At first that sounds heinous, and to be honest, it is.  But to be even more honest, it only scratches the surface of what is horribly wrong here…hence, my uncomfortable questions.

1) Why are such agreements legal in cases like this?

I’m no lawyer, and I’m certainly no politician, but it would seem to me that this would make some easy political hay for somebody to make by introducing legislation and going on the cable-news circuit decrying these sort of agreements.

2) Why does the story which mentions the fines for breaking the non-disclosure agreement never tell us about what the means of reaching those agreements were?

This is where it starts to get ugly.  There are people in this world who would have you believing these girls were made “an offer they couldn’t refuse,” as if Luca Brasi held a gun to their heads while Vito Corleone assured them either their signature or their brains would be on that paper.  As Americans, we embrace an “all or nothing” mentality in our view of the players in any drama, fictional or not.  We like our villians to be completely evil, and we prefer our victims to be cloaked in pure innocence.

That’s why the media loves to portray victims with the “Corleone” narrative, and it’s so much easier to do so against an honest-to-goodness scumbag like Nassar.  But nothing blurs the boundary between “good” and “evil” faster than the term “hush money.”  Let’s strip all the pretense off of this, “non-disclosure agreement” is just a nicer way of saying exactly that.  Some of the very same people who were decrying the fines for breaking those agreements had no problems taking up to as much as $1.25 million to enter into those agreements.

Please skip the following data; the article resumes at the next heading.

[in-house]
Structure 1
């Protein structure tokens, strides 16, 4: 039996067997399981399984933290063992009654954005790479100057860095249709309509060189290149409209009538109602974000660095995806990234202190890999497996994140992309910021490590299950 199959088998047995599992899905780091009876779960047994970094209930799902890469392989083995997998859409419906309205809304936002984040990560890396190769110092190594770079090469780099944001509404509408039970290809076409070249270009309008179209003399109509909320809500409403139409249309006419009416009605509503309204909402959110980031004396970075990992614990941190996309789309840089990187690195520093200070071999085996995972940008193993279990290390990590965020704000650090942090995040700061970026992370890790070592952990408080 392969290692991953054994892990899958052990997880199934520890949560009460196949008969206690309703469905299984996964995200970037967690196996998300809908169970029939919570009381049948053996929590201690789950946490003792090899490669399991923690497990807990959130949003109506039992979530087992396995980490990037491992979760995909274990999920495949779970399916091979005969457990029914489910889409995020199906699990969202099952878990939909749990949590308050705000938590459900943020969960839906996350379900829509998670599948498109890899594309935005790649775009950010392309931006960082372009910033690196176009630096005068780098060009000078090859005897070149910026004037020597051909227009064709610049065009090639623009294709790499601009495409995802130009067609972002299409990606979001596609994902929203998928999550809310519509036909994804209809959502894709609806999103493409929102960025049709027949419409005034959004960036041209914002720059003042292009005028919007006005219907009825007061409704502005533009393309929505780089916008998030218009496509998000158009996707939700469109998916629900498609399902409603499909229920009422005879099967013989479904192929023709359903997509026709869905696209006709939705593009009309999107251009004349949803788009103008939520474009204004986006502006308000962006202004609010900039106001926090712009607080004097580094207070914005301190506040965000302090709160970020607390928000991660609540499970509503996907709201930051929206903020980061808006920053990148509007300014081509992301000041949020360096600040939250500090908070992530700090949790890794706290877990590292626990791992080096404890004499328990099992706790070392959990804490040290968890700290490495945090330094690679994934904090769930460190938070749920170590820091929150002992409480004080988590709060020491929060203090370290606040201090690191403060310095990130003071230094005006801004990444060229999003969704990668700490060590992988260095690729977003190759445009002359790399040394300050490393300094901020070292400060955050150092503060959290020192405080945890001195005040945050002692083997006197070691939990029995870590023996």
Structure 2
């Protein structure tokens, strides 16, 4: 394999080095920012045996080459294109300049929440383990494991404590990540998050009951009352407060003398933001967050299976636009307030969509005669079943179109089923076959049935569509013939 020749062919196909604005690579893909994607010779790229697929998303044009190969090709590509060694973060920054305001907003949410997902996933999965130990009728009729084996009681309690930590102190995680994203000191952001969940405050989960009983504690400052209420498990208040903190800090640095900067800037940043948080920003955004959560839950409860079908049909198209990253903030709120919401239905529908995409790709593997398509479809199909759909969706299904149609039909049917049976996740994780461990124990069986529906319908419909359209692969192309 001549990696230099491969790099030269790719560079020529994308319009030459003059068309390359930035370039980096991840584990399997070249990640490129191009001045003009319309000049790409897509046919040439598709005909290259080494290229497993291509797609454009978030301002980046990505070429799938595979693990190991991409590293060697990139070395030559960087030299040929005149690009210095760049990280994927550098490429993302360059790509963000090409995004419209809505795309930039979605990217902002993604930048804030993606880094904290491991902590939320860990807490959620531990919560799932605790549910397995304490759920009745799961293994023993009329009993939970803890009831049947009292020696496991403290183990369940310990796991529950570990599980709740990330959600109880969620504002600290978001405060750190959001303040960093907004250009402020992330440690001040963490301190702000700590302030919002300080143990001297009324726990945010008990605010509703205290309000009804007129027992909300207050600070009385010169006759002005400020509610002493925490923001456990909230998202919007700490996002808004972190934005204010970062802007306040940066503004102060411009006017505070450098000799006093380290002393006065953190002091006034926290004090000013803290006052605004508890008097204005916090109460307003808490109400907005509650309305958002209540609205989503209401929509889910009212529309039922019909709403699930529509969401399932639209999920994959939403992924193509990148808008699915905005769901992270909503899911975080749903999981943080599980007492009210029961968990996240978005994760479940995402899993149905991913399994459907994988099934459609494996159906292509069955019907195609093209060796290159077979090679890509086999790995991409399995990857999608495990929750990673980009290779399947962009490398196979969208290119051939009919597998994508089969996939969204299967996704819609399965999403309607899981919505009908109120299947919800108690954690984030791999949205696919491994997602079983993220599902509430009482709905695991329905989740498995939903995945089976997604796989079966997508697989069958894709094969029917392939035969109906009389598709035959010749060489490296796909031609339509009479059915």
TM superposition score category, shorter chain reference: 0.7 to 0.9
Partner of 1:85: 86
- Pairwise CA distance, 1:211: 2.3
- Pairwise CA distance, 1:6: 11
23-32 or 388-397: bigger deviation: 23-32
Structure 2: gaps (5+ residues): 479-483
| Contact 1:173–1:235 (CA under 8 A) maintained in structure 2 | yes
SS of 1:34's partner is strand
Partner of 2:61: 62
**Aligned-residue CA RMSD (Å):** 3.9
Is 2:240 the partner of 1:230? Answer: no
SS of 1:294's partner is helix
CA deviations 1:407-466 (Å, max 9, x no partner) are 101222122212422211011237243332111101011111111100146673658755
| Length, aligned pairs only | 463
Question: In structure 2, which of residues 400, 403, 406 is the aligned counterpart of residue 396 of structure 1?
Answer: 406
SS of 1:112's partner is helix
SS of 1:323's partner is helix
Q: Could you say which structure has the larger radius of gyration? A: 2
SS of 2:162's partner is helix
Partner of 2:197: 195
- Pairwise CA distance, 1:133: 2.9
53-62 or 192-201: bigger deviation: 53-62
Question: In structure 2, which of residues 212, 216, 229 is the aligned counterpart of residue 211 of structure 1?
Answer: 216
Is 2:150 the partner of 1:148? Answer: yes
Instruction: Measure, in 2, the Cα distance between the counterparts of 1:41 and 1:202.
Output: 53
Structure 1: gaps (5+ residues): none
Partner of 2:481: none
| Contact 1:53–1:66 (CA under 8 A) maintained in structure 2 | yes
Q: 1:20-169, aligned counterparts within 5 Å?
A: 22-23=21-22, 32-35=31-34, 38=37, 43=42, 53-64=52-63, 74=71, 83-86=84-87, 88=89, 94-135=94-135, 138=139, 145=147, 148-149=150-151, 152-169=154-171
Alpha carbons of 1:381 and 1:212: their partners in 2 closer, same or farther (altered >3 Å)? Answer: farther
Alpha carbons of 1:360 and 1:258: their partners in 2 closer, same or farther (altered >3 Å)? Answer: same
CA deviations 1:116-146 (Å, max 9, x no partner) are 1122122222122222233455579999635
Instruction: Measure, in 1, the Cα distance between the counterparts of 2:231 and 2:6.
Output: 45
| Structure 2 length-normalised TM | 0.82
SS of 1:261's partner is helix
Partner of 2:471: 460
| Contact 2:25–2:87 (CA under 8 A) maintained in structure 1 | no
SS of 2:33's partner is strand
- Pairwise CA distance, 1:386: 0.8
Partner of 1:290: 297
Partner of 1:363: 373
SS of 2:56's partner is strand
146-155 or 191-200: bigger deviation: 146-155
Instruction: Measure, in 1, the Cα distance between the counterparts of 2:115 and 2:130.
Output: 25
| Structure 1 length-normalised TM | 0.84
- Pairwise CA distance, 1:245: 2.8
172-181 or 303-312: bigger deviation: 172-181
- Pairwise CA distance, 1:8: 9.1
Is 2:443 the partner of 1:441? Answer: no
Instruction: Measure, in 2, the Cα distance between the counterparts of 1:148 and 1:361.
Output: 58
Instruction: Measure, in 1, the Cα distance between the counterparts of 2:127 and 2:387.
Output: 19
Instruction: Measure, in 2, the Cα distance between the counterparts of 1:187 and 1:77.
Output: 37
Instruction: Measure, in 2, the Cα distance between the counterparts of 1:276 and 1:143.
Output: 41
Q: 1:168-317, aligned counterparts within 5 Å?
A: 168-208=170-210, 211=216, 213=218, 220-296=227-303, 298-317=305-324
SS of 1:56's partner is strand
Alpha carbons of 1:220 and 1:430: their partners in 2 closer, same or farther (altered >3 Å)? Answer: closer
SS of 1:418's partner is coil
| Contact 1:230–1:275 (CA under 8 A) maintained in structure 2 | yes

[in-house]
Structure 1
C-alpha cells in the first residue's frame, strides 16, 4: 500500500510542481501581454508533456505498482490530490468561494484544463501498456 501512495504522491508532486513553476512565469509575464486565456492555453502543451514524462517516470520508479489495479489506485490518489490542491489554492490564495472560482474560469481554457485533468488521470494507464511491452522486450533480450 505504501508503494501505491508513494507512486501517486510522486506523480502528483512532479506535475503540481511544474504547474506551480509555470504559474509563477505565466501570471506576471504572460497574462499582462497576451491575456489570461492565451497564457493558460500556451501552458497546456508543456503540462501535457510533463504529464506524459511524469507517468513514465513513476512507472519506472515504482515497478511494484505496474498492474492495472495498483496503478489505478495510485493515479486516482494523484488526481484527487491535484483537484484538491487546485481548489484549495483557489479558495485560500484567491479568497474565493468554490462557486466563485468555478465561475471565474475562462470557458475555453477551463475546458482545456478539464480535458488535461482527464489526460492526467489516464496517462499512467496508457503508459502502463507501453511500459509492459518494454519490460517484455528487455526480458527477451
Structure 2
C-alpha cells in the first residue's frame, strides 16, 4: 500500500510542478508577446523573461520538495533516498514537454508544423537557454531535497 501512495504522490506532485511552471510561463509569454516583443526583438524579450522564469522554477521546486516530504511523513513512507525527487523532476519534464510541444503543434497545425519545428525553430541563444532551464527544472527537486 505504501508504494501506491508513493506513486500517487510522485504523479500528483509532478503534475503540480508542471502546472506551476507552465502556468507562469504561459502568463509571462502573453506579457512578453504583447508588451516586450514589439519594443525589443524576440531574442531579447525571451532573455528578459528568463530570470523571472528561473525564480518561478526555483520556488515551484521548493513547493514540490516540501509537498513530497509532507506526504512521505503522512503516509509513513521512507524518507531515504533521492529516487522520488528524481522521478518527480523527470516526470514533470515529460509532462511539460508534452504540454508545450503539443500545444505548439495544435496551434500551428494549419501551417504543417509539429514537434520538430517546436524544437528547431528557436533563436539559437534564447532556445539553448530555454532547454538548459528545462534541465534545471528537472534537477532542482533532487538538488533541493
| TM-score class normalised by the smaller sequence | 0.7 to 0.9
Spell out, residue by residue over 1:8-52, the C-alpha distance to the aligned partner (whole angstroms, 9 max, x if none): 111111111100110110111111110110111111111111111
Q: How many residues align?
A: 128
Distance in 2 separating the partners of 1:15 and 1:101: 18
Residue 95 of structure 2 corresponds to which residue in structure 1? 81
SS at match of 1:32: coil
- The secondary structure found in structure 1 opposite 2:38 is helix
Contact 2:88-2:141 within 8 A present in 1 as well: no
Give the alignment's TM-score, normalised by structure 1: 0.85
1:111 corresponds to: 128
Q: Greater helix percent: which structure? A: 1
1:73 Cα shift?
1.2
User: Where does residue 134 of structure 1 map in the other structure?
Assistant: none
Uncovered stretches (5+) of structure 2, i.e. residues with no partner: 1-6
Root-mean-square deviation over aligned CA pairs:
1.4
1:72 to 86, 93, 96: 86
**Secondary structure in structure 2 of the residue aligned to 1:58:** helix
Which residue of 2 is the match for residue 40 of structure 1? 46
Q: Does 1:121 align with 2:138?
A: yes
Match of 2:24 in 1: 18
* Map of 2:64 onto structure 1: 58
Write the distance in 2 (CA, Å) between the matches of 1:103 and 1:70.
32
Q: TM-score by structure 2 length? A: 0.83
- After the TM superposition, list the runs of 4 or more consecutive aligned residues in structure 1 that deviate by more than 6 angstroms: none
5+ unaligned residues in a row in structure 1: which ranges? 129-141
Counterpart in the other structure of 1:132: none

There’s a reason why the people who entered such agreements were for the most part not part of the criminal proceedings.  The agreements themselves aren’t the problem; there’s legal mechanism to illicit such testimony in a criminal proceeding.  The problem is as most trial lawyers will tell you, the minute a victim accepts “hush money,” they pay a price in credibility with a jury. The issue with this is demonstrated in the next question.

3) Many of these girls were minors at the time these agreements were made. What does that say about the parents?

In other words, who “forced” these girls into these agreements? The last question is where the ugliness started.  This question is where it hits a fever pitch…so much so it raises a panoply of other questions.

Which makes you a bigger monster? Trading in the sexual abuse of your own daughter for some cash, or taking a course of action which guarantees somebody else’s child is going to be abused?  It really doesn’t matter, because the parents who were complicit in this are unconscionable pieces of shit.  There’s no other way to describe a parent who upon discovery of the abuse of their child does not go straight to the police.